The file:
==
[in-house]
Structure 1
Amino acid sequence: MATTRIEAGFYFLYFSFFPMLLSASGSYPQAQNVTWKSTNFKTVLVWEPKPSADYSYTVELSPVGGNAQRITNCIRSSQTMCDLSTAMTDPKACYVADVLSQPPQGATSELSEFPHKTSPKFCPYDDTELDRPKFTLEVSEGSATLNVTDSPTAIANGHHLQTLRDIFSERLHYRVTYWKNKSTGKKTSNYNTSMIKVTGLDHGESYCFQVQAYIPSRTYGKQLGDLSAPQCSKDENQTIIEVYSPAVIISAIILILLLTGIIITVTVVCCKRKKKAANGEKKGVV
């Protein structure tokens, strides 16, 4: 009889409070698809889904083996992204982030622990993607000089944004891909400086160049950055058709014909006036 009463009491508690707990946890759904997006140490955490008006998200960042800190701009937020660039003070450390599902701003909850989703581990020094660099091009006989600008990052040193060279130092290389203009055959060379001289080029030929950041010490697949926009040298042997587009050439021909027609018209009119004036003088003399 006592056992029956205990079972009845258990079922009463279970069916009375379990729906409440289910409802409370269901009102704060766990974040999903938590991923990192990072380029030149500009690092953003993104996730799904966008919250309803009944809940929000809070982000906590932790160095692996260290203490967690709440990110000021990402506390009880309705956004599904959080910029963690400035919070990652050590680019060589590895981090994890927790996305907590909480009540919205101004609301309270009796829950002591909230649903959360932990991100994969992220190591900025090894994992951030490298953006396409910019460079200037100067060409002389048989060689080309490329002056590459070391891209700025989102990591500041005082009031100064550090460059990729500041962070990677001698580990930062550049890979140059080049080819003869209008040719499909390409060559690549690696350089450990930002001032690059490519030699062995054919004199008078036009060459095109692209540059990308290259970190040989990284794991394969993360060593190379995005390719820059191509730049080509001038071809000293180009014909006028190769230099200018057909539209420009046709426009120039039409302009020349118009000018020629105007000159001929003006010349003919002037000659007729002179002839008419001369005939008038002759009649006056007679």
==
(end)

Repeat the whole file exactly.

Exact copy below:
[in-house]
Structure 1
Amino acid sequence: MATTRIEAGFYFLYFSFFPMLLSASGSYPQAQNVTWKSTNFKTVLVWEPKPSADYSYTVELSPVGGNAQRITNCIRSSQTMCDLSTAMTDPKACYVADVLSQPPQGATSELSEFPHKTSPKFCPYDDTELDRPKFTLEVSEGSATLNVTDSPTAIANGHHLQTLRDIFSERLHYRVTYWKNKSTGKKTSNYNTSMIKVTGLDHGESYCFQVQAYIPSRTYGKQLGDLSAPQCSKDENQTIIEVYSPAVIISAIILILLLTGIIITVTVVCCKRKKKAANGEKKGVV
């Protein structure tokens, strides 16, 4: 009889409070698809889904083996992204982030622990993607000089944004891909400086160049950055058709014909006036 009463009491508690707990946890759904997006140490955490008006998200960042800190701009937020660039003070450390599902701003909850989703581990020094660099091009006989600008990052040193060279130092290389203009055959060379001289080029030929950041010490697949926009040298042997587009050439021909027609018209009119004036003088003399 006592056992029956205990079972009845258990079922009463279970069916009375379990729906409440289910409802409370269901009102704060766990974040999903938590991923990192990072380029030149500009690092953003993104996730799904966008919250309803009944809940929000809070982000906590932790160095692996260290203490967690709440990110000021990402506390009880309705956004599904959080910029963690400035919070990652050590680019060589590895981090994890927790996305907590909480009540919205101004609301309270009796829950002591909230649903959360932990991100994969992220190591900025090894994992951030490298953006396409910019460079200037100067060409002389048989060689080309490329002056590459070391891209700025989102990591500041005082009031100064550090460059990729500041962070990677001698580990930062550049890979140059080049080819003869209008040719499909390409060559690549690696350089450990930002001032690059490519030699062995054919004199008078036009060459095109692209540059990308290259970190040989990284794991394969993360060593190379995005390719820059191509730049080509001038071809000293180009014909006028190769230099200018057909539209420009046709426009120039039409302009020349118009000018020629105007000159001929003006010349003919002037000659007729002179002839008419001369005939008038002759009649006056007679």